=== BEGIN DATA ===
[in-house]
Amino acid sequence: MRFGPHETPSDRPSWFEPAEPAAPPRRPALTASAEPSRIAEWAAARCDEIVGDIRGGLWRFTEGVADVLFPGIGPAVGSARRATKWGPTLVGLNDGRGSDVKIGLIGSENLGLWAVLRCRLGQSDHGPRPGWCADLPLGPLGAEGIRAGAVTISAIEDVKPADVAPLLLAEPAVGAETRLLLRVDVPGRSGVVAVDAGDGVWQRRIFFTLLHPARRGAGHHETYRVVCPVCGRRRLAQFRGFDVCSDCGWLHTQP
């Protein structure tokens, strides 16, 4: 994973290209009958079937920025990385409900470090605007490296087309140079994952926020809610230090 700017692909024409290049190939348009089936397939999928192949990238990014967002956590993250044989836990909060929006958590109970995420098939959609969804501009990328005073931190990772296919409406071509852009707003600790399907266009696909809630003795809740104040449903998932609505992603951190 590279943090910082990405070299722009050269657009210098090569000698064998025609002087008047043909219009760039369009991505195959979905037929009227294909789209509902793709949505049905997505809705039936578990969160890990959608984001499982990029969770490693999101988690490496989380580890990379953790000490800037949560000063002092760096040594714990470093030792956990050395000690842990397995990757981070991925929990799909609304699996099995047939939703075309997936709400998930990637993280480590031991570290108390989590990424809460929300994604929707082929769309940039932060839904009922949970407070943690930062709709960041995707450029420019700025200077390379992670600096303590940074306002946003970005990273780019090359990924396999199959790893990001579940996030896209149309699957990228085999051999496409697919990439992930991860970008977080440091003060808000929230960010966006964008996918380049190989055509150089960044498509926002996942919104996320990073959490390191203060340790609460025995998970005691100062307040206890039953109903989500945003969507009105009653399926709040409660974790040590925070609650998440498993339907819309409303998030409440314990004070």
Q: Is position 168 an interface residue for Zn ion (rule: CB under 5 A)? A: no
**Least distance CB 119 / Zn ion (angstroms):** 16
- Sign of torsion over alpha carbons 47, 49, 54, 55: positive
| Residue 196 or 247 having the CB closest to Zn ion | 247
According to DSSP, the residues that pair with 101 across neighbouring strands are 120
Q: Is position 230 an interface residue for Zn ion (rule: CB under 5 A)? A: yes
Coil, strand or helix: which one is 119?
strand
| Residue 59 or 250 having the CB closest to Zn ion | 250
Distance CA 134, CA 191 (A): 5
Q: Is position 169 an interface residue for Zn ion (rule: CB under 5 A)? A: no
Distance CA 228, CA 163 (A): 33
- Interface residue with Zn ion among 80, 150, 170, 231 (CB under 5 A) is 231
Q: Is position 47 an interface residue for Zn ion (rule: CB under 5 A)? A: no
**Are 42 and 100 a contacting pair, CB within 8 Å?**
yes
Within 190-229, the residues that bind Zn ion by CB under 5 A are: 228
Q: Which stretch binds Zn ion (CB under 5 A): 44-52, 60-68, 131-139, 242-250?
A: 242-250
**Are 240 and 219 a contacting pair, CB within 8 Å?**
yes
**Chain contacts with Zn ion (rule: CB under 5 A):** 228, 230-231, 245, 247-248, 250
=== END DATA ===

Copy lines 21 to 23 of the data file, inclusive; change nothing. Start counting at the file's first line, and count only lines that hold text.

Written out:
Q: Which stretch binds Zn ion (CB under 5 A): 44-52, 60-68, 131-139, 242-250?
A: 242-250
**Are 240 and 219 a contacting pair, CB within 8 Å?**